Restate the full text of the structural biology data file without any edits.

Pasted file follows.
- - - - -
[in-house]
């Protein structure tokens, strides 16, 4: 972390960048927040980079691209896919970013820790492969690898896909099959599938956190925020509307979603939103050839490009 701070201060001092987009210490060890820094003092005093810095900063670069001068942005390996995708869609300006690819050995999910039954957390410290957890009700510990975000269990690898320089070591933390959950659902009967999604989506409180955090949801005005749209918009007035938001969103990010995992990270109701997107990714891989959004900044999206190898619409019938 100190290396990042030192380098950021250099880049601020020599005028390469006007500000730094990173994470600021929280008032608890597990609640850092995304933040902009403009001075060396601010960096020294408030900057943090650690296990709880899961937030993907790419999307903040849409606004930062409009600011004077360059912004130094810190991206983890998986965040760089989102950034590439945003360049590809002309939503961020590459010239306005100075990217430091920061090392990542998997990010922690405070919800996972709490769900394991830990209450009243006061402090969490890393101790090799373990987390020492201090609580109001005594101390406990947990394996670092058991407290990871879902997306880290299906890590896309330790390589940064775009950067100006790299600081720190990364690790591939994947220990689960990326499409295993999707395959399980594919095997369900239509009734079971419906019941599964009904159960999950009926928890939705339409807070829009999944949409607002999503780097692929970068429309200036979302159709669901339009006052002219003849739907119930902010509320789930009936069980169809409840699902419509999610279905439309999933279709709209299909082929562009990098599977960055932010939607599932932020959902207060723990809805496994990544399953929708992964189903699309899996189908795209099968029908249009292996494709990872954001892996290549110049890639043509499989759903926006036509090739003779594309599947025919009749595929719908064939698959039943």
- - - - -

[in-house]
């Protein structure tokens, strides 16, 4: 972390960048927040980079691209896919970013820790492969690898896909099959599938956190925020509307979603939103050839490009 701070201060001092987009210490060890820094003092005093810095900063670069001068942005390996995708869609300006690819050995999910039954957390410290957890009700510990975000269990690898320089070591933390959950659902009967999604989506409180955090949801005005749209918009007035938001969103990010995992990270109701997107990714891989959004900044999206190898619409019938 100190290396990042030192380098950021250099880049601020020599005028390469006007500000730094990173994470600021929280008032608890597990609640850092995304933040902009403009001075060396601010960096020294408030900057943090650690296990709880899961937030993907790419999307903040849409606004930062409009600011004077360059912004130094810190991206983890998986965040760089989102950034590439945003360049590809002309939503961020590459010239306005100075990217430091920061090392990542998997990010922690405070919800996972709490769900394991830990209450009243006061402090969490890393101790090799373990987390020492201090609580109001005594101390406990947990394996670092058991407290990871879902997306880290299906890590896309330790390589940064775009950067100006790299600081720190990364690790591939994947220990689960990326499409295993999707395959399980594919095997369900239509009734079971419906019941599964009904159960999950009926928890939705339409807070829009999944949409607002999503780097692929970068429309200036979302159709669901339009006052002219003849739907119930902010509320789930009936069980169809409840699902419509999610279905439309999933279709709209299909082929562009990098599977960055932010939607599932932020959902207060723990809805496994990544399953929708992964189903699309899996189908795209099968029908249009292996494709990872954001892996290549110049890639043509499989759903926006036509090739003779594309599947025919009749595929719908064939698959039943």